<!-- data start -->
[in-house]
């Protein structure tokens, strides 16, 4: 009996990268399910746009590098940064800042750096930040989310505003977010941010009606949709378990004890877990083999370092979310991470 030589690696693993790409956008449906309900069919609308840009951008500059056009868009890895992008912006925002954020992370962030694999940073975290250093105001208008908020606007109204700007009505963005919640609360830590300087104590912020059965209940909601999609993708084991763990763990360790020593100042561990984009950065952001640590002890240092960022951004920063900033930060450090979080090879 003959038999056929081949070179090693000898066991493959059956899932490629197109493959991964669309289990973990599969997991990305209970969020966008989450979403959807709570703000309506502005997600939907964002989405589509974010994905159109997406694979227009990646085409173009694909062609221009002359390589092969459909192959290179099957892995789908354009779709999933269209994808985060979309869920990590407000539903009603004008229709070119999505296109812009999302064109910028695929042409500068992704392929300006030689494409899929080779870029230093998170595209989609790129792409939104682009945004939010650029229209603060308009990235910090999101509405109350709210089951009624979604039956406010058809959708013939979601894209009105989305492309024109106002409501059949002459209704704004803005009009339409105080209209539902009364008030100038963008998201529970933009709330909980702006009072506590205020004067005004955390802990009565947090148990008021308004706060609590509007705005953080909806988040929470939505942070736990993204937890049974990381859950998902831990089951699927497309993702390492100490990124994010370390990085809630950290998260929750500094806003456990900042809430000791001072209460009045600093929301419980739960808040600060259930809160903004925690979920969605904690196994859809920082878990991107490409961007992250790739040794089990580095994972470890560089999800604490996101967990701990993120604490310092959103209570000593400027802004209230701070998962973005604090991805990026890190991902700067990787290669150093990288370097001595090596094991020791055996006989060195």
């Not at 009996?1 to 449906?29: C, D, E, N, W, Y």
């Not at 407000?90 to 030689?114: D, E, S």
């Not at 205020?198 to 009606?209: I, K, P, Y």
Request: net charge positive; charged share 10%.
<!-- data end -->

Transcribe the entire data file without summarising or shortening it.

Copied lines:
[in-house]
């Protein structure tokens, strides 16, 4: 009996990268399910746009590098940064800042750096930040989310505003977010941010009606949709378990004890877990083999370092979310991470 030589690696693993790409956008449906309900069919609308840009951008500059056009868009890895992008912006925002954020992370962030694999940073975290250093105001208008908020606007109204700007009505963005919640609360830590300087104590912020059965209940909601999609993708084991763990763990360790020593100042561990984009950065952001640590002890240092960022951004920063900033930060450090979080090879 003959038999056929081949070179090693000898066991493959059956899932490629197109493959991964669309289990973990599969997991990305209970969020966008989450979403959807709570703000309506502005997600939907964002989405589509974010994905159109997406694979227009990646085409173009694909062609221009002359390589092969459909192959290179099957892995789908354009779709999933269209994808985060979309869920990590407000539903009603004008229709070119999505296109812009999302064109910028695929042409500068992704392929300006030689494409899929080779870029230093998170595209989609790129792409939104682009945004939010650029229209603060308009990235910090999101509405109350709210089951009624979604039956406010058809959708013939979601894209009105989305492309024109106002409501059949002459209704704004803005009009339409105080209209539902009364008030100038963008998201529970933009709330909980702006009072506590205020004067005004955390802990009565947090148990008021308004706060609590509007705005953080909806988040929470939505942070736990993204937890049974990381859950998902831990089951699927497309993702390492100490990124994010370390990085809630950290998260929750500094806003456990900042809430000791001072209460009045600093929301419980739960808040600060259930809160903004925690979920969605904690196994859809920082878990991107490409961007992250790739040794089990580095994972470890560089999800604490996101967990701990993120604490310092959103209570000593400027802004209230701070998962973005604090991805990026890190991902700067990787290669150093990288370097001595090596094991020791055996006989060195």
């Not at 009996?1 to 449906?29: C, D, E, N, W, Y």
């Not at 407000?90 to 030689?114: D, E, S």
């Not at 205020?198 to 009606?209: I, K, P, Y």
Request: net charge positive; charged share 10%.